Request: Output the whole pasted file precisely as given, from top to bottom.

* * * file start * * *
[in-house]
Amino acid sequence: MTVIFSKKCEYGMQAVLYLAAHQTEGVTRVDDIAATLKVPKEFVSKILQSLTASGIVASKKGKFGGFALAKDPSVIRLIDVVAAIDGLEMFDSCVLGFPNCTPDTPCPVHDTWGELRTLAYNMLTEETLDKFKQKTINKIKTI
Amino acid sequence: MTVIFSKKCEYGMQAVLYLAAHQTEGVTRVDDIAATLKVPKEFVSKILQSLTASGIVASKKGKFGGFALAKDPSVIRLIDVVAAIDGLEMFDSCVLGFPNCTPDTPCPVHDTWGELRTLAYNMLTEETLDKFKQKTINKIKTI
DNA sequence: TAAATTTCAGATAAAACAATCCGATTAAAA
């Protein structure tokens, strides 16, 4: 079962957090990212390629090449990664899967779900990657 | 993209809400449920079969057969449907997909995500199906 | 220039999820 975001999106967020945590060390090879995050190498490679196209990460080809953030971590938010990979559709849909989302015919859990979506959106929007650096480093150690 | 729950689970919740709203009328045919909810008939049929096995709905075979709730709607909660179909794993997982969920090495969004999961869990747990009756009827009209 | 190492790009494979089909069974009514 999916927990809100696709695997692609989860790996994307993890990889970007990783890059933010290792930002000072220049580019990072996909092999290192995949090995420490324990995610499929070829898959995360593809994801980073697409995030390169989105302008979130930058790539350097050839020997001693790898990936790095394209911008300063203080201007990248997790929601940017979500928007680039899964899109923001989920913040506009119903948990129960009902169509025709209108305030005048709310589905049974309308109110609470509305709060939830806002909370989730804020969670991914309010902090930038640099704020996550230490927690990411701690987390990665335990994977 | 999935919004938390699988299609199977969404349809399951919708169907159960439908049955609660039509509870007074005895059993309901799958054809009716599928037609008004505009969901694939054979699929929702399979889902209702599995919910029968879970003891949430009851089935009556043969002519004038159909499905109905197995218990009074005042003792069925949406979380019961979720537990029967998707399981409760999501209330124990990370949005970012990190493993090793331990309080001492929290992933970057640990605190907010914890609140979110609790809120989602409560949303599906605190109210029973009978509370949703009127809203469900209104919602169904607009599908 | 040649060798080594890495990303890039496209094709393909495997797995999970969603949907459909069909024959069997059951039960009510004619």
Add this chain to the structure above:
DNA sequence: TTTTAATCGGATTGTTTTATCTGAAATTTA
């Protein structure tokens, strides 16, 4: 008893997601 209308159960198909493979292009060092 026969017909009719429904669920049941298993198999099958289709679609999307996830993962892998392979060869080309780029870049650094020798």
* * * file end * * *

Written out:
[in-house]
Amino acid sequence: MTVIFSKKCEYGMQAVLYLAAHQTEGVTRVDDIAATLKVPKEFVSKILQSLTASGIVASKKGKFGGFALAKDPSVIRLIDVVAAIDGLEMFDSCVLGFPNCTPDTPCPVHDTWGELRTLAYNMLTEETLDKFKQKTINKIKTI
Amino acid sequence: MTVIFSKKCEYGMQAVLYLAAHQTEGVTRVDDIAATLKVPKEFVSKILQSLTASGIVASKKGKFGGFALAKDPSVIRLIDVVAAIDGLEMFDSCVLGFPNCTPDTPCPVHDTWGELRTLAYNMLTEETLDKFKQKTINKIKTI
DNA sequence: TAAATTTCAGATAAAACAATCCGATTAAAA
């Protein structure tokens, strides 16, 4: 079962957090990212390629090449990664899967779900990657 | 993209809400449920079969057969449907997909995500199906 | 220039999820 975001999106967020945590060390090879995050190498490679196209990460080809953030971590938010990979559709849909989302015919859990979506959106929007650096480093150690 | 729950689970919740709203009328045919909810008939049929096995709905075979709730709607909660179909794993997982969920090495969004999961869990747990009756009827009209 | 190492790009494979089909069974009514 999916927990809100696709695997692609989860790996994307993890990889970007990783890059933010290792930002000072220049580019990072996909092999290192995949090995420490324990995610499929070829898959995360593809994801980073697409995030390169989105302008979130930058790539350097050839020997001693790898990936790095394209911008300063203080201007990248997790929601940017979500928007680039899964899109923001989920913040506009119903948990129960009902169509025709209108305030005048709310589905049974309308109110609470509305709060939830806002909370989730804020969670991914309010902090930038640099704020996550230490927690990411701690987390990665335990994977 | 999935919004938390699988299609199977969404349809399951919708169907159960439908049955609660039509509870007074005895059993309901799958054809009716599928037609008004505009969901694939054979699929929702399979889902209702599995919910029968879970003891949430009851089935009556043969002519004038159909499905109905197995218990009074005042003792069925949406979380019961979720537990029967998707399981409760999501209330124990990370949005970012990190493993090793331990309080001492929290992933970057640990605190907010914890609140979110609790809120989602409560949303599906605190109210029973009978509370949703009127809203469900209104919602169904607009599908 | 040649060798080594890495990303890039496209094709393909495997797995999970969603949907459909069909024959069997059951039960009510004619």
Add this chain to the structure above:
DNA sequence: TTTTAATCGGATTGTTTTATCTGAAATTTA
């Protein structure tokens, strides 16, 4: 008893997601 209308159960198909493979292009060092 026969017909009719429904669920049941298993198999099958289709679609999307996830993962892998392979060869080309780029870049650094020798």